- Drug: Oxytocin
- Oxytocin, 100 micromolar solution
Arms, Groups and Cohorts
- No Intervention: Control (no oxytocin) pretreatment
- Physiological saline solution (PSS). Every 15-minutes, the PSS will be flushed and fresh PSS will be added.
- Active Comparator: Continuous oxytocin (desensitizing) pretreatment
- Continuous oxytocin 10-5M. This desensitizing treatment is based on previous experiments in our laboratory demonstrating this phenomenon (reference 25 of Internal Review). The desensitizing pretreatment mimics the clinical setting of labor augmentation. Every 15-minutes, the 10-5M oxytocin will be flushed and fresh 10-5M oxytocin will be added.
- Active Comparator: Pulsatile oxytocin pretreatment
- 15-minutes of 10-5M oxytocin, followed by PSS for 15-minutes, followed by 10-5M oxytocin, followed by 15-minutes PSS, and so-on, for a total duration of two-hours,
Clinical Trial Outcome Measures
- Motility Index
- Time Frame: 8 hours
- Motility index (MI) takes into account both the amplitude and frequency of the myometrial contraction. It is a calculated outcome, based on the formula: frequency/(10 x amplitude). The analysis is undertaken by attaching myometrial strips between an isometric force transducer and the base of an organ bath chamber.
- Amplitude of contraction
- Time Frame: 8 hours
- The maximum extent of uterine muscle contraction, measured in grams (g). The analysis is undertaken by attaching myometrial strips between an isometric force transducer and the base of an organ bath chamber.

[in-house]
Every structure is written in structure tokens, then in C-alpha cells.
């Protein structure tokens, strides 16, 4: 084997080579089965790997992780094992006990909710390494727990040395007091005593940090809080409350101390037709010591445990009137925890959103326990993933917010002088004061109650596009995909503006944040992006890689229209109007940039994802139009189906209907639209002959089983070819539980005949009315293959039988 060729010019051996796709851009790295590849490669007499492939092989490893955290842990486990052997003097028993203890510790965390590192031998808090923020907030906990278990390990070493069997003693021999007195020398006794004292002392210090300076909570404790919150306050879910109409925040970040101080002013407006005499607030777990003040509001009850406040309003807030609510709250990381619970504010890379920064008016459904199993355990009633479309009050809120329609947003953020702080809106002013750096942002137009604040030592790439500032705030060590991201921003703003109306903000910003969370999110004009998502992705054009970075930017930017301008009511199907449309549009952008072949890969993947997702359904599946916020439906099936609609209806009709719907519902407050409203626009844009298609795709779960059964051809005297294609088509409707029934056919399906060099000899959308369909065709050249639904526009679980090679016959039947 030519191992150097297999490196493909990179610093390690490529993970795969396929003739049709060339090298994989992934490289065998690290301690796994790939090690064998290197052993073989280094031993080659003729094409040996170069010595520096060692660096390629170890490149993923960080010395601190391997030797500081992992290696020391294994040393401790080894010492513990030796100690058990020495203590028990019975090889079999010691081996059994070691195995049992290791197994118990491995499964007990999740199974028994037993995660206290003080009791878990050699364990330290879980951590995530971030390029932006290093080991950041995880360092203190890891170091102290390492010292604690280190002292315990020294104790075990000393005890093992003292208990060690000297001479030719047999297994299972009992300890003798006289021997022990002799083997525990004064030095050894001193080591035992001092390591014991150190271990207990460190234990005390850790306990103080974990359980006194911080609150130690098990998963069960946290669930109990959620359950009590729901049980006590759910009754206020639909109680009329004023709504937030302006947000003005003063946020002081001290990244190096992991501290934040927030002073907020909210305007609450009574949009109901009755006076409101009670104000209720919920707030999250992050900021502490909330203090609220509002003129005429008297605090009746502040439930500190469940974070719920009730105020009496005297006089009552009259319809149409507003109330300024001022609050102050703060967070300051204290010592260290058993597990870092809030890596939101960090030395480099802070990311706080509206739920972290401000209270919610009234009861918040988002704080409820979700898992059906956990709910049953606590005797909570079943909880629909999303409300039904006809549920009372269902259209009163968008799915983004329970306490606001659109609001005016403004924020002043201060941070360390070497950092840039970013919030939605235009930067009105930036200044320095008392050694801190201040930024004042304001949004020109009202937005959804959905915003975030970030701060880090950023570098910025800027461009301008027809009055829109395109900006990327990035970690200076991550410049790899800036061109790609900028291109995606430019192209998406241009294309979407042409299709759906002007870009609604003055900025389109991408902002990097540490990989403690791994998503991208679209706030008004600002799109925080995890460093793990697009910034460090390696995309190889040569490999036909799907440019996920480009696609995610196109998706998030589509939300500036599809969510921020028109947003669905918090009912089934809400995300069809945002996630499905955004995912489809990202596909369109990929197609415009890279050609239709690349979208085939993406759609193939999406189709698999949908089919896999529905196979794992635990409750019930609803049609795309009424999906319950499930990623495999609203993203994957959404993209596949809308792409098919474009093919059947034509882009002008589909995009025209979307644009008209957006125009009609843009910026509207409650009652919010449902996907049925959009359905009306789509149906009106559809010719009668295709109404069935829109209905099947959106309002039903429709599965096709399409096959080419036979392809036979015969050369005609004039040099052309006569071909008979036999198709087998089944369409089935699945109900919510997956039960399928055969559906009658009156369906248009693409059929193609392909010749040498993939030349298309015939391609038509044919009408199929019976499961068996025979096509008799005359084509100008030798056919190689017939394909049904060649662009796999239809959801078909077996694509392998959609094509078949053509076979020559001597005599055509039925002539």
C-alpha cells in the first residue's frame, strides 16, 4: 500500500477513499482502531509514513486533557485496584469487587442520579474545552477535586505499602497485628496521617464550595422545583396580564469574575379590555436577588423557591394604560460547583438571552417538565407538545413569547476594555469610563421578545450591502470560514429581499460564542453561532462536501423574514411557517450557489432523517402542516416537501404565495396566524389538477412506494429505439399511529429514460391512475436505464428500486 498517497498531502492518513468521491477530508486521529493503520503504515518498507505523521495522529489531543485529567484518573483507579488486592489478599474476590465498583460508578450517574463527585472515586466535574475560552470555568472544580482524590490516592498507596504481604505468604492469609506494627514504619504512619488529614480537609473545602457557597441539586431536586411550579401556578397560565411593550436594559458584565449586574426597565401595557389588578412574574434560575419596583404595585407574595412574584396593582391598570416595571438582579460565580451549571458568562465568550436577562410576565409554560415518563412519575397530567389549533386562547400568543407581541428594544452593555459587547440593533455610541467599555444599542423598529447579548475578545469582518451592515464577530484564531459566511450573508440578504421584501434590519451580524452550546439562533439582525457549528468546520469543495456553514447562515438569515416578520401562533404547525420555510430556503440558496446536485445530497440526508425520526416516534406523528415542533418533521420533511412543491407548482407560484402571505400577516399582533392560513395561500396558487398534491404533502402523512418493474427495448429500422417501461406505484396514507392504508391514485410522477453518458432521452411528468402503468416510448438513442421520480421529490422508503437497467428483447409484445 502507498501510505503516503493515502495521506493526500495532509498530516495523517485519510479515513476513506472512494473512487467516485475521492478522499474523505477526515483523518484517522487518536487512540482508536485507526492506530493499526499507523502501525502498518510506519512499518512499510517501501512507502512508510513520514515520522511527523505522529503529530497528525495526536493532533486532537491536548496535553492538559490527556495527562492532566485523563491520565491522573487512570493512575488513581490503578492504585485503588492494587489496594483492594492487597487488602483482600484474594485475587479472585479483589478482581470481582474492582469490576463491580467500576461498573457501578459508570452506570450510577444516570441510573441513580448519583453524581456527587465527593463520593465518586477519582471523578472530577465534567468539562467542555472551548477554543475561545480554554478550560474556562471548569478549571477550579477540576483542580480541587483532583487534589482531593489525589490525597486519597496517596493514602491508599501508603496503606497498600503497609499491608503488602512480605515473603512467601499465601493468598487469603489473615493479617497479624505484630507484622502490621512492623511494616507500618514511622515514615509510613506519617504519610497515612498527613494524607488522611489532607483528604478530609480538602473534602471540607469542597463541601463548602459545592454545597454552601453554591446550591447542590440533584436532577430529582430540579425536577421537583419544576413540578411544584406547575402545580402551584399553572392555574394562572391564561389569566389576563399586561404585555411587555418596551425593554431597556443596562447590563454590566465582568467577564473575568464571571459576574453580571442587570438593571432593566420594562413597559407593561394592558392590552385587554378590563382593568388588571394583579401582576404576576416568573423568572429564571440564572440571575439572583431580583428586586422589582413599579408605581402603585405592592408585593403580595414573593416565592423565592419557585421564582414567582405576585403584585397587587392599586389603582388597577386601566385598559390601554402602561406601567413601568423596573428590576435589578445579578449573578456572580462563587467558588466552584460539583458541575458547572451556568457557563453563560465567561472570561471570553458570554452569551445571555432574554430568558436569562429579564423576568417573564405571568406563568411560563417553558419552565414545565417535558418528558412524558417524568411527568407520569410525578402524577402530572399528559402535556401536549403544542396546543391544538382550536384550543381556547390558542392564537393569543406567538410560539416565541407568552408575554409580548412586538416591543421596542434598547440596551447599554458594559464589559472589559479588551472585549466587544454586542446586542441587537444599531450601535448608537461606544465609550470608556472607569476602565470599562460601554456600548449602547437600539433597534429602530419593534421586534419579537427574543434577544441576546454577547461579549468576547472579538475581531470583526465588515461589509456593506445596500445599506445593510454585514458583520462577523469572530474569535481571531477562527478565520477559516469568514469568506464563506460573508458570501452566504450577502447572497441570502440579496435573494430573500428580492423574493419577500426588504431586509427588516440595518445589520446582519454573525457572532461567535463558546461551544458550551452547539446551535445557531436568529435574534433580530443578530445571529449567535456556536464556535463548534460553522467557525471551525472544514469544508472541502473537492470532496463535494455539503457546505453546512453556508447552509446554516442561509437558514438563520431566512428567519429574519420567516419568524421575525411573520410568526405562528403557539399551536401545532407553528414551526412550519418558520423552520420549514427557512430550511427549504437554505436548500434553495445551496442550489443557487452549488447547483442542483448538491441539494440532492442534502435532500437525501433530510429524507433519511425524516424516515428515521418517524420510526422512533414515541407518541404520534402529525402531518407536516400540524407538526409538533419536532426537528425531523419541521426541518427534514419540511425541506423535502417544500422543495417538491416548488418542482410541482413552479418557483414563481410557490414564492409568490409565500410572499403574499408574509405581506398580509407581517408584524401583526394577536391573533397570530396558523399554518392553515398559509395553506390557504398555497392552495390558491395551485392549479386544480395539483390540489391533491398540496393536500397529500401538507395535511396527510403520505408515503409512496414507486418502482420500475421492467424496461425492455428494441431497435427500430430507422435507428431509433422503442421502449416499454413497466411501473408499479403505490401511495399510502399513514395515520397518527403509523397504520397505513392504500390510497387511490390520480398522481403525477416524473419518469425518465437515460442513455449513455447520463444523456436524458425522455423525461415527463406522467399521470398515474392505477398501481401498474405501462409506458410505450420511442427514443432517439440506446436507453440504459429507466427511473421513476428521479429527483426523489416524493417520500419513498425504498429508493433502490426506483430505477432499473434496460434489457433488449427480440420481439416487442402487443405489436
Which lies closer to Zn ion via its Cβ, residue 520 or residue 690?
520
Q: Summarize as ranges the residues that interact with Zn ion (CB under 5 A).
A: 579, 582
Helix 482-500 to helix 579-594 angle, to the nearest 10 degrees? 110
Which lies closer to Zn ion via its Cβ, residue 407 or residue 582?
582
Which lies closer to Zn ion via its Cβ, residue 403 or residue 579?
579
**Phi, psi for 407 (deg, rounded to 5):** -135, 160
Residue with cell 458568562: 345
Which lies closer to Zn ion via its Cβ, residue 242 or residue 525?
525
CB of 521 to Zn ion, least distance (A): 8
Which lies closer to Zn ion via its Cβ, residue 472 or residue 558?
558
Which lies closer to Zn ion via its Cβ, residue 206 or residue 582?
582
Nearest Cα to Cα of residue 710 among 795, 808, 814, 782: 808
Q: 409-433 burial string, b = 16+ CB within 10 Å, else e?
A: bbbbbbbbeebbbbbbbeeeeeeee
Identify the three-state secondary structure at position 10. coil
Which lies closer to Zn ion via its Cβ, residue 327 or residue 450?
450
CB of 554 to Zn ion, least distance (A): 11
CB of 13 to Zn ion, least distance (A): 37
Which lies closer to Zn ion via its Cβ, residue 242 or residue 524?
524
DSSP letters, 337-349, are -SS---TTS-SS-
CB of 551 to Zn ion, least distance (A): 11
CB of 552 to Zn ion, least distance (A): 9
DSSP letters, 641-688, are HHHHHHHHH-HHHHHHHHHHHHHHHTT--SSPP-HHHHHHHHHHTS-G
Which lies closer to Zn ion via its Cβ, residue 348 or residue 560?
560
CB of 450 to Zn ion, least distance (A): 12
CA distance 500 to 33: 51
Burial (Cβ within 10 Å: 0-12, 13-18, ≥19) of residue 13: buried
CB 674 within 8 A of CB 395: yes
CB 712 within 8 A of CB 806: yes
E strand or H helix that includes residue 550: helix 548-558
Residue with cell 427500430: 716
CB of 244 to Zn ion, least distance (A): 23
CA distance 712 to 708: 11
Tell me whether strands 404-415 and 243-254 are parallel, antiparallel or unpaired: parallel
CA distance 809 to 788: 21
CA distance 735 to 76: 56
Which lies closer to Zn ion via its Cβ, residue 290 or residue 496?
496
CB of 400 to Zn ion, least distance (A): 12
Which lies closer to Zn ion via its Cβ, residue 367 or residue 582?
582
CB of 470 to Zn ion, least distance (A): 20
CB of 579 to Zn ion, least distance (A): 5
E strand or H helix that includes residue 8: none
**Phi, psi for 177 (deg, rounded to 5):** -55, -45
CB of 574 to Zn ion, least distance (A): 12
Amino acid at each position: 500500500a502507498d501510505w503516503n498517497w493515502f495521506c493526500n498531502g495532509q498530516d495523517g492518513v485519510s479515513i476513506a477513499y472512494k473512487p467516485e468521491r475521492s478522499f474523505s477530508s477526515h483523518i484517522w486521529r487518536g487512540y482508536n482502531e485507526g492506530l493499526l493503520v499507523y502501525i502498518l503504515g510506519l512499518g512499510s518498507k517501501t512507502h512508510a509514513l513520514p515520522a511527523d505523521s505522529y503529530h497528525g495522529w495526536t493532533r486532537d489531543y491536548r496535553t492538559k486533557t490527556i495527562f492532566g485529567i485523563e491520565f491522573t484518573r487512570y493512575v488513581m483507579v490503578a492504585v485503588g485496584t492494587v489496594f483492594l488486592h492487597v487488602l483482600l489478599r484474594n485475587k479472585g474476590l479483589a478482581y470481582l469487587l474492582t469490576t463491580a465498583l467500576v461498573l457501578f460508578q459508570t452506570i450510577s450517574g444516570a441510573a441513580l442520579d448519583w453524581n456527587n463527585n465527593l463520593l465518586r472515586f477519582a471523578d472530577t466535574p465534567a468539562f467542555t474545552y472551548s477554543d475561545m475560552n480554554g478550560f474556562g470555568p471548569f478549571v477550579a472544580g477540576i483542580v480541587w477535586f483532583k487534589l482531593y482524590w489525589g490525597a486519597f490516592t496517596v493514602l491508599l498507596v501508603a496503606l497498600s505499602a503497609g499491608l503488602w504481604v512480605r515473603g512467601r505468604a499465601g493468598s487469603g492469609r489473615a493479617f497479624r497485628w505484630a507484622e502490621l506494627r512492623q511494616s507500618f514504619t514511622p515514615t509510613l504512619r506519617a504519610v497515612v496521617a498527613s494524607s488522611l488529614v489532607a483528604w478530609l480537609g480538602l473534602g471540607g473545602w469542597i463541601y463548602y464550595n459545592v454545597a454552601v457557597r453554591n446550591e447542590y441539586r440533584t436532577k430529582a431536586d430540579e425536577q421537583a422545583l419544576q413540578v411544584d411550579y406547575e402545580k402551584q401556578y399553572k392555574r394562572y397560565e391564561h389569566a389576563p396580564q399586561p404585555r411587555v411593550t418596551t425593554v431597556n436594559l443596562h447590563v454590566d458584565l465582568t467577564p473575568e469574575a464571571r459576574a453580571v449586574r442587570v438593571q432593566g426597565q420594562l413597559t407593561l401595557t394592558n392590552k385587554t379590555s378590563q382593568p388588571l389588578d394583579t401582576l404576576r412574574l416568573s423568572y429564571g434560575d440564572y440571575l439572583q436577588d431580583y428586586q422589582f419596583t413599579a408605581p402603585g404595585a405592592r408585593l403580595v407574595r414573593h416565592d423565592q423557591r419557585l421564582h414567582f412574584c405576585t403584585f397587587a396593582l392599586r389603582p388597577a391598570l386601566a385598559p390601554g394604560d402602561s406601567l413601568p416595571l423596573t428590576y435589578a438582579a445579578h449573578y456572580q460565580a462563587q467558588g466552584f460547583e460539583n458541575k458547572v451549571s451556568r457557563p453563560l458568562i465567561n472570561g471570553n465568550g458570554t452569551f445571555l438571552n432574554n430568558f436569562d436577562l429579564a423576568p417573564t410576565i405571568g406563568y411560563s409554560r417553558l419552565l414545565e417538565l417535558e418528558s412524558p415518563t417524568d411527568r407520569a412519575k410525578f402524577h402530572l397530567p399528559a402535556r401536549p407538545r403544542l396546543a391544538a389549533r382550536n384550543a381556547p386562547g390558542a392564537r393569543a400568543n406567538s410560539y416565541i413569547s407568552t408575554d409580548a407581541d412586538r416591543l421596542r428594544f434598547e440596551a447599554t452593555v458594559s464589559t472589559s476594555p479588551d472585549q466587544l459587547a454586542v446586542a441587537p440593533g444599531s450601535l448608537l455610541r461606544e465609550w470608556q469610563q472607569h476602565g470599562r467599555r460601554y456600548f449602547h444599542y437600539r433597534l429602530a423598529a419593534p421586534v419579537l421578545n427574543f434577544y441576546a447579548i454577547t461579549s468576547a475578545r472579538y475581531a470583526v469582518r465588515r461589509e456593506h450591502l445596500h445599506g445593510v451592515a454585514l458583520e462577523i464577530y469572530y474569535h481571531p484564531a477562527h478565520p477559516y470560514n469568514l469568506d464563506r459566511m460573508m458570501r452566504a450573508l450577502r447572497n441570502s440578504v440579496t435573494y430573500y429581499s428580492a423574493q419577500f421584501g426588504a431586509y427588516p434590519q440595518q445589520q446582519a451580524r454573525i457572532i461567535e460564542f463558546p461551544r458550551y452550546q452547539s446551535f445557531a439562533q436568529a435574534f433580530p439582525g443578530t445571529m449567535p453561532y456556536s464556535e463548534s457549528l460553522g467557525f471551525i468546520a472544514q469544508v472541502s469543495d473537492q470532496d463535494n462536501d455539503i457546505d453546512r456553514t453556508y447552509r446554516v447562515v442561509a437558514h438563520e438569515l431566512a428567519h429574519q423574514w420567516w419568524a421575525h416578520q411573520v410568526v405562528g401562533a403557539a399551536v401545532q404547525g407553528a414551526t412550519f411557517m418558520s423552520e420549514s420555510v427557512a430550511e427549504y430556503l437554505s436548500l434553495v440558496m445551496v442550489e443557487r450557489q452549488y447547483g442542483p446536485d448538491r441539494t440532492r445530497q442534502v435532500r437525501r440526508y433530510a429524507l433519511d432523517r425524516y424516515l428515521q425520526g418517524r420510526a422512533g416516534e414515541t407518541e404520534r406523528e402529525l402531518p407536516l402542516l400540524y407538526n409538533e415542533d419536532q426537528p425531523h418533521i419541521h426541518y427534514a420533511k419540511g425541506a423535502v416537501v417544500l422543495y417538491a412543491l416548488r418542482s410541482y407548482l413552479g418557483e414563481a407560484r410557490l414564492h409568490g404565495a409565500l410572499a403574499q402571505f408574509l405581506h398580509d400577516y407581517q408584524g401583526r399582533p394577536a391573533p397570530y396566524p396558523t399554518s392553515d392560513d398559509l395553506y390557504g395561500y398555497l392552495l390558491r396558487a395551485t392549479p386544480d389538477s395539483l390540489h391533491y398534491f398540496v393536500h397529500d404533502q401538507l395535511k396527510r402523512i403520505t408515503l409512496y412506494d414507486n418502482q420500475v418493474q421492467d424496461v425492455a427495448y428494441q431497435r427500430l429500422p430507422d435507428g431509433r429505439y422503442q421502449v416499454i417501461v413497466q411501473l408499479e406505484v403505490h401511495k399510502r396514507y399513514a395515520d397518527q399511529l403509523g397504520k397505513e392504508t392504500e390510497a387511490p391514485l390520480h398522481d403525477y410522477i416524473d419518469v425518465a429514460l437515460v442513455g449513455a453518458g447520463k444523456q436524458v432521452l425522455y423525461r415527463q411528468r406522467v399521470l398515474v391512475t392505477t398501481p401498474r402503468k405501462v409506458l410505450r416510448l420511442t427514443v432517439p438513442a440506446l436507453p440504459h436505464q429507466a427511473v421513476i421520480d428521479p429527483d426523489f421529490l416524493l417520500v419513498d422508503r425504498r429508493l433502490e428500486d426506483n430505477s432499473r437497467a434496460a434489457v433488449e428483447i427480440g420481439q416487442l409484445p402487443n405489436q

- Frequency of contraction
- Time Frame: 8 hours
- The number of contractions in uterine muscle (myometrium) over 10 minutes, spontaneously and in response to an agonist. The analysis is undertaken by attaching myometrial strips between an isometric force transducer and the base of an organ bath chamber.
- Integrated area under response curve (AUC)
- Time Frame: 8 hours
Participating in This Clinical Trial
- Patients who give written consent to participate in this study
- Patients with gestational age 37-41 weeks
- Non-laboring patients, not exposed to exogenous oxytocin
- Patients requiring primary Cesarean delivery or first repeat Cesarean delivery
- Patients who refuse to give written informed consent
- Patients who require general anesthesia
- Patients who had previous uterine surgery or more than one previous Cesarean delivery
- Patients with any condition predisposing to uterine atony and postpartum hemorrhage, such as abnormal placentation, multiple gestation, preeclampsia, macrosomia, polyhydramnios, uterine fibroids, bleeding diathesis, chorioamnionitis, or a previous history of postpartum bleeding
- Emergency Cesarean section in labor
- Patients on medications that could affect myometrial contractility, such as nifedipine, labetolol or magnesium sulphate.
Gender Eligibility: Female
Minimum Age: 16 Years
Maximum Age: 40 Years
Are Healthy Volunteers Accepted: Accepts Healthy Volunteers
- Lead Sponsor
- Samuel Lunenfeld Research Institute, Mount Sinai Hospital
- Provider of Information About this Clinical Study
- Overall Official(s)
- Mrinalini Balki, MD, Principal Investigator, MOUNT SINAI HOSPITAL
Clinical trials entries are delivered from the US National Institutes of Health and are not reviewed separately by this site. Please see the identifier information above for retrieving further details from the government database.